Department header
Bewildering Stories

The Critics’ Corner

Embedded Quotes
and New Frontiers


An Associate Editor raises a question about the punctuation received in the original version of a submission in this issue.


Quick question. In “To the Horizon,” conclusion:

Massey [...] recited: “Warm yourselves [...] from the great fear of darkness in each man.”

When someone quotes another source (Ray Bradbury) in dialogue, should we use single quotes?

Charles C. Cole

Good question. It comes down to: What shall we do with an unattributed embedded quote?

The answer is less obvious than one might expect. Anyone who “recites” something is quoting, by definition. But he may be quoting himself, as in reciting a poem he’s written. In that case, block quote indentation alone might suffice; there would be no need to use quotation marks at all.

In “To the Horizon,” no attribution accompanies the quotation, but Massey and Dawson subsequently imply that the words are Bradbury’s, as though the two characters were orally adding a footnote. And that means you’re right; single quotes are called for:

Massey [...] recited: “‘Warm yourselves against the night of ignorance, the long snows of superstition, the cold winds of disbelief, and from the great fear of darkness in each man’.”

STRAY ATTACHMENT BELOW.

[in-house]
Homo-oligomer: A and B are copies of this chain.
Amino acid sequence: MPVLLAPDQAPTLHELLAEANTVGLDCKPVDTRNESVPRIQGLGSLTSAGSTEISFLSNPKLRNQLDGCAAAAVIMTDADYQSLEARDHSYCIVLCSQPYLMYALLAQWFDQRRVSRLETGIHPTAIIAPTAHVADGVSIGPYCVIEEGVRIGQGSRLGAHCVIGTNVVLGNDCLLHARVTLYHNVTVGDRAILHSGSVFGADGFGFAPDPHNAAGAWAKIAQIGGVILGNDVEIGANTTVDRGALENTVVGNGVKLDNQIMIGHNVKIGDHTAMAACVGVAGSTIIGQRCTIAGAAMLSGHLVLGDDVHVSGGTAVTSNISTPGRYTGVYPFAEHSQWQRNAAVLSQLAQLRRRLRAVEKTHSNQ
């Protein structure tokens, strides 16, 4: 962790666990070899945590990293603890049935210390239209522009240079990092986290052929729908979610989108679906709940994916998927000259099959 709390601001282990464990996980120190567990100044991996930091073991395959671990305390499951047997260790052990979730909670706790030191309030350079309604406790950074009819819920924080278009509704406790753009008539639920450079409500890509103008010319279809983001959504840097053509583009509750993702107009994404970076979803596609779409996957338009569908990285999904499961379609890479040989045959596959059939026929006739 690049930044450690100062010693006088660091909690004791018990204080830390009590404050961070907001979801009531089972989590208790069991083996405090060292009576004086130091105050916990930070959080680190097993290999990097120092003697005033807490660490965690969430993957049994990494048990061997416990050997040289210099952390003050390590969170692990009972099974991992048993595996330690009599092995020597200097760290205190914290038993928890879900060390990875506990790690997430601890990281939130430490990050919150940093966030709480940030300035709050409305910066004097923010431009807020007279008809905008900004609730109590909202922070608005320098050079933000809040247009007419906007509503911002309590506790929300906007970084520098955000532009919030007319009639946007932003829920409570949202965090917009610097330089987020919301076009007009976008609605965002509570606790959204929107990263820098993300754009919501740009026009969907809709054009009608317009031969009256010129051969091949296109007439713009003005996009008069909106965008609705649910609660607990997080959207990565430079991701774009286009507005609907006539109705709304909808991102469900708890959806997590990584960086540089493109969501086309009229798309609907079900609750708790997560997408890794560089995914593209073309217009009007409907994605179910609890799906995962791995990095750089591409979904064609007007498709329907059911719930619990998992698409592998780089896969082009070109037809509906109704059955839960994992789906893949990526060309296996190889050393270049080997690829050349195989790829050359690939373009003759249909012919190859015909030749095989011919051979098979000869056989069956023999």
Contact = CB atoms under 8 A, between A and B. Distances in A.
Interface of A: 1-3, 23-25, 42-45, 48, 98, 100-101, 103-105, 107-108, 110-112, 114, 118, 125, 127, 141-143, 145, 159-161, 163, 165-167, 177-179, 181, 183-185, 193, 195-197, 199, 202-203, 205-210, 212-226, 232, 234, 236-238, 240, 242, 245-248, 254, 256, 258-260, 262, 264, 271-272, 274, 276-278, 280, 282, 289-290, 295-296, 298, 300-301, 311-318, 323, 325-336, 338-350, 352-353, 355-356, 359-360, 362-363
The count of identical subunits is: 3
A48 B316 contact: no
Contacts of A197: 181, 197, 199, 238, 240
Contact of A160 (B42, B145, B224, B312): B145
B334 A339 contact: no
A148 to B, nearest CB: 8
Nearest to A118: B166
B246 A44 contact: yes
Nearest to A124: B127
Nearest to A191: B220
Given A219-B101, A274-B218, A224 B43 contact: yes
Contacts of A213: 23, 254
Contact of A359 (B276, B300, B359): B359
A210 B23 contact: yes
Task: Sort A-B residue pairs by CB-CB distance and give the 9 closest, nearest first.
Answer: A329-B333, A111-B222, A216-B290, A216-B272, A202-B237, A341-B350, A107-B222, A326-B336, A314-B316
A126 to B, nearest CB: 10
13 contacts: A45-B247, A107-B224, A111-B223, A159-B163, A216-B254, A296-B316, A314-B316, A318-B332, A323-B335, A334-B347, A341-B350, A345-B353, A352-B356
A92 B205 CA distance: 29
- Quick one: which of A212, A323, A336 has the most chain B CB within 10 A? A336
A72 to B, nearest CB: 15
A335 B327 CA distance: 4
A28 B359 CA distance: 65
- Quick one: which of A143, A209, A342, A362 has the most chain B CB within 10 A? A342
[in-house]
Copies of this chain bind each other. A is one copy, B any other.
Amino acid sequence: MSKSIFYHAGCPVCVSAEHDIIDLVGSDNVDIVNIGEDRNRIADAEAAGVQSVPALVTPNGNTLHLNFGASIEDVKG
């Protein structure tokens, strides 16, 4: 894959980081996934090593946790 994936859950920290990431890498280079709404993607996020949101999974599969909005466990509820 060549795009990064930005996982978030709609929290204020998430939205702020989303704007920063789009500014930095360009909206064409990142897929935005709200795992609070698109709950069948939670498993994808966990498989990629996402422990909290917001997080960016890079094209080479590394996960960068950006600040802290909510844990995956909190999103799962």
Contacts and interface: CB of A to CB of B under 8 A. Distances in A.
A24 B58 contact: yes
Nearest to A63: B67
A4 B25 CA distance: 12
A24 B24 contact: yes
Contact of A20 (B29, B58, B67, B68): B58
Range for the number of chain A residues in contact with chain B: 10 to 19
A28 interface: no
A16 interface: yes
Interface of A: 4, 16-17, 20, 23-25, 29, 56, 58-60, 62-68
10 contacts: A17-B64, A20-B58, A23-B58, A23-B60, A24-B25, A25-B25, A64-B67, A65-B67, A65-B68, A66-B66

I’ve added the single quotation marks to the text.

Why end with ’.”? I don’t like triple quotation marks; they’re both messy and hard to see. They can’t be avoided at the beginning of the sentence, but at the end we can signal more clearly that one quote is embedded inside another. It’s the same principle as starting a sentence with a capital letter and ending with lower-case.

My question is: Why quote Bradbury at all? The reason is not obvious; we have to guess. Perhaps the quote is used as an oblique rebuke to climate-change deniers. That is possible, but readers of that persuasion will not see it that way. And Dawson has somewhat different concerns.

In any event, Bradbury’s science fiction is hardly enthusiastic about “new frontier” space exploration. The Martian Chronicles, for example — like most of his other stories that are set on other planets or in outer space — are dark, cautionary tales about Earth.

But maybe that’s the point, especially since Dawson feels ambivalent about leaving Earth. Like Dawson, readers will have to say how they would feel about Massey’s offer. In the same circumstances they might, like Dawson, go “to” the horizon, but would they see more to be gained than lost in going beyond it?

Don Webb
Managing Editor
Bewildering Stories

Copyright © 2013 by Bewildering Stories

Home Page